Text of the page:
Motorola Moto E4 Plus launches this week in the US, huge battery in tow

In addition to announcing the Moto G5S and Moto G5S Plus, today, Motorola shared details about the availability of Moto E4 Plus – a iphone glass replacement that was first unveiled last month, at the same time with the already-released Moto E4.

Motorola Moto E4 Plus launches this week in the US, huge battery in towThe Moto E4 Plus will be launched in the US in a couple of days, on August 3. Customers will be able to purchase the unlocked version of the iPhone parts for $179.99 via Motorola’s website, Amazon, Best Buy, and other retailers. August 3 is also when Verizon Wireless will start selling the Moto E4 Plus, but, for now, there’s no word on how much the carrier plans to ask for it.

Later this month, the E4 Plus will be released by Sprint and Ting (August 11), as well as by Republic Wireless (August 14). Pricing details will be shared closer to launch.

Running Android Nougat, the Motorola Moto E4 Plus sports a 5.5-inch display with 720 x 1280 pixels, and is powered by a quad-core Qualcomm Snapdragon 427 processor. Its highlight feature is a 5000 mAh battery that can last for 2 days on a single charge. If you want to find out more about the new handset, check out our Moto E4 Plus review.

The Moto Z2 Force keeps the modular phone alive, but it’s a doomed concept anyway

Lenovo’s Moto has just announced its newest flagship smartphone – the Moto Z2 Force. As expected, it’s the one device to succeed both the Moto Z and Z Force from last year. As such, it fits somewhere between the two in terms of thickness and battery capacity; the happy medium, if you will. There’s nothing that interesting in the Z2 Force specs, aside from the updated chipset (Snapdragon 835) and camera system (dual 12MP snappers).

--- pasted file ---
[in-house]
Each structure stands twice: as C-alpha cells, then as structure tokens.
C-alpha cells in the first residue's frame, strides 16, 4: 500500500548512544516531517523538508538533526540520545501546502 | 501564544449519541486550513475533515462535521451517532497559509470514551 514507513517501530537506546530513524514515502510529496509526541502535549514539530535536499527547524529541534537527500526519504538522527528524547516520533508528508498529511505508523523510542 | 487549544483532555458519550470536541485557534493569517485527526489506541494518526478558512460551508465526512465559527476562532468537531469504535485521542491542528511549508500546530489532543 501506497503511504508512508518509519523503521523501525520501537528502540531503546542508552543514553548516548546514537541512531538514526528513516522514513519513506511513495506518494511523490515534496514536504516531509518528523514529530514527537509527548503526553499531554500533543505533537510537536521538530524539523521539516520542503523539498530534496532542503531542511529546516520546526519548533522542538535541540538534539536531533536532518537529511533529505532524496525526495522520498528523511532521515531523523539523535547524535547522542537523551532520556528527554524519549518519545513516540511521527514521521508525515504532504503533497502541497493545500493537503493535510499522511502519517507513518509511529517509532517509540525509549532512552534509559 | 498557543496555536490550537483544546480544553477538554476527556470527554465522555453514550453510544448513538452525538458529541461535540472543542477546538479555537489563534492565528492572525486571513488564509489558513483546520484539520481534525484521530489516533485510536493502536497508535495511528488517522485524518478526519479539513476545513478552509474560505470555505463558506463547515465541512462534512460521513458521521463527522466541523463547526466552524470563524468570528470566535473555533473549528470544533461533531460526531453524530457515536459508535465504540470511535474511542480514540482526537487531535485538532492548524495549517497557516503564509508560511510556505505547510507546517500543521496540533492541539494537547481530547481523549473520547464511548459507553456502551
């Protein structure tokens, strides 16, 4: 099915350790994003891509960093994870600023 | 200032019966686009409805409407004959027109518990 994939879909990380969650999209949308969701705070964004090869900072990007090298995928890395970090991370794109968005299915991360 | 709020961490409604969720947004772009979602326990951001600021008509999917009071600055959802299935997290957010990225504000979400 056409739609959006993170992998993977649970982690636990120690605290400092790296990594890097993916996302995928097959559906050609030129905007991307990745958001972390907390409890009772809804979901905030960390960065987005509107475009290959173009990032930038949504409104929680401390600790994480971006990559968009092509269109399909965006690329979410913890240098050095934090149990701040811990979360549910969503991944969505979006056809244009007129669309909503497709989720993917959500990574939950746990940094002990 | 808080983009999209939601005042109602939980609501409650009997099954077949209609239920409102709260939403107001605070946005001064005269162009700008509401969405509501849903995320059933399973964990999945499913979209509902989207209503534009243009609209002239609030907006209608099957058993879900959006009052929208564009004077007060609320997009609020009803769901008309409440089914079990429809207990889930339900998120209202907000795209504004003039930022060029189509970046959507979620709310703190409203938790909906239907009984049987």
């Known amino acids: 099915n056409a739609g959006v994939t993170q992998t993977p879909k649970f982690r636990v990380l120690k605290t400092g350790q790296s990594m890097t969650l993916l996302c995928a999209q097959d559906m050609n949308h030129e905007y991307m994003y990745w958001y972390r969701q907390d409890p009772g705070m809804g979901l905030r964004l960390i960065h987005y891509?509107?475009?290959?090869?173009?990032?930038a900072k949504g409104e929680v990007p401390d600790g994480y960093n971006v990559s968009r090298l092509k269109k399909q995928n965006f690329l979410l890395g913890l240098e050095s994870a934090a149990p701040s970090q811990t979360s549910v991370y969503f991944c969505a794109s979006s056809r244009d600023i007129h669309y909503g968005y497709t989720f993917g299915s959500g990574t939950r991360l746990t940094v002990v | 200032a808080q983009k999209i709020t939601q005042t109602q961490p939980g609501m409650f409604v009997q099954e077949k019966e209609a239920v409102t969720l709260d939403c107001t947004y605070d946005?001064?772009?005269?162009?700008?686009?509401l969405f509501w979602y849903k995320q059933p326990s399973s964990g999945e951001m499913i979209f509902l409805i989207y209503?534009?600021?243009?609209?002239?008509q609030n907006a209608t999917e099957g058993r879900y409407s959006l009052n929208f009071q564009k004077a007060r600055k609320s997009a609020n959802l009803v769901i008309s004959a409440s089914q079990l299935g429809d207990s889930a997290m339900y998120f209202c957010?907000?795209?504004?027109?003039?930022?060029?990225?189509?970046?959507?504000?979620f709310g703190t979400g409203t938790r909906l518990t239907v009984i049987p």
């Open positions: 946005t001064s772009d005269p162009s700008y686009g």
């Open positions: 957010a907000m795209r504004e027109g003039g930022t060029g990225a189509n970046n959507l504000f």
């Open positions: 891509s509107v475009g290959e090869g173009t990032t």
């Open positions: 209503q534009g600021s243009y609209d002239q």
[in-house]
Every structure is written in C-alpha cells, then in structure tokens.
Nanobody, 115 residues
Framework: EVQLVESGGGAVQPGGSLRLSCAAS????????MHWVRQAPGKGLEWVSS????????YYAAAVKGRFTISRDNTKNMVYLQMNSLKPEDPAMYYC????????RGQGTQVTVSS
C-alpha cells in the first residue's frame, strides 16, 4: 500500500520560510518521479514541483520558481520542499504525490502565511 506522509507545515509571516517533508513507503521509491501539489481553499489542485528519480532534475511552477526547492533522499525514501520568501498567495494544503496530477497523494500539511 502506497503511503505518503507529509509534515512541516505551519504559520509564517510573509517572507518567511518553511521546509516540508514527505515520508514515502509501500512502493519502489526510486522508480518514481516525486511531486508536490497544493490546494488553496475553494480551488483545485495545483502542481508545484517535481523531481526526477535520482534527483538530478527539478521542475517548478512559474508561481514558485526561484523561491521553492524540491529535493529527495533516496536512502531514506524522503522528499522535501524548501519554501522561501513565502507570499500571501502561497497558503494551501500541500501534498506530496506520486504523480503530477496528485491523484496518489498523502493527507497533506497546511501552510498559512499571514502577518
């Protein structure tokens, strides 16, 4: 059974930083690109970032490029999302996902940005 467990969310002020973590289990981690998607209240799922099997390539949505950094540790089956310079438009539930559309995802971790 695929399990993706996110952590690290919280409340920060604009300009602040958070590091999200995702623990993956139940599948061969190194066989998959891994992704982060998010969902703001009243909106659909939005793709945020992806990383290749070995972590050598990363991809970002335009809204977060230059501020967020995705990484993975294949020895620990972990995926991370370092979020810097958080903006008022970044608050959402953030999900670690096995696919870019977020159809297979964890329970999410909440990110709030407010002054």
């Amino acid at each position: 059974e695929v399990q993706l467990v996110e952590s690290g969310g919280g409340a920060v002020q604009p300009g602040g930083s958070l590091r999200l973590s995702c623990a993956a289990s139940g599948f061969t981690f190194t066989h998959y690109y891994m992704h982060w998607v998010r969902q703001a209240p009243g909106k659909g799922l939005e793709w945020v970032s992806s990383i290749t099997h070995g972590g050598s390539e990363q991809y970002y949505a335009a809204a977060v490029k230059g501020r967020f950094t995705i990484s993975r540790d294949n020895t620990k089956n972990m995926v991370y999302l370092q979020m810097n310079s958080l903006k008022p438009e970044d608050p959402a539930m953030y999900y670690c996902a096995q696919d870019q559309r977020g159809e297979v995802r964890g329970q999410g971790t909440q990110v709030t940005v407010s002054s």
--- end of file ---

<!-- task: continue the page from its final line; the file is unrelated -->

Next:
The main story here, as with most recent Moto ipad battery replacement , are the Moto Mods which the company sells separately. And that’s exactly what we’re here to talk about…

From time immemorial, geeks and nerds around the world have been dreaming about the times when we’d be able to augment and enhance the capabilities of our smartphones through the concept of modularity: nifty add-ons that would enable us to easily (and cheaply) replace stuff like the camera, battery, processors, or other components of our handsets. If you’ve ever researched custom-built desktop PCs, it’s basically the same idea.

The thing is, the modern smartphone world is a place so different, most of us knew this concept would never work here ever since the first couple of attempts at marketing a “modular phone” were made. Outside of Motorola, the most recent efforts in the area were LG’s ill-fated G5, and Google’s never-to-actually-launch Project Ara. What most fans of the modular phones idea refused to get even when Project Ara was still considered to be ‘in development’, was that it was supposed to be a cheap product for developing markets, not the “ultimate smartphone” to replace your iPhone or Galaxy. In other words, it was never meant to be a really great product.

And this brings us to today, where Moto’s premium phone line-up remains standing as the last bastion of the modular phone. Credit where credit’s due: Moto’s implementation of this idea is the best one yet. However, it’s in no way practical or convincing enough to be considered healthy or sustainable. In fact, it’s pretty much a doomed concept. Here’s why…

Moto Mods are expensive!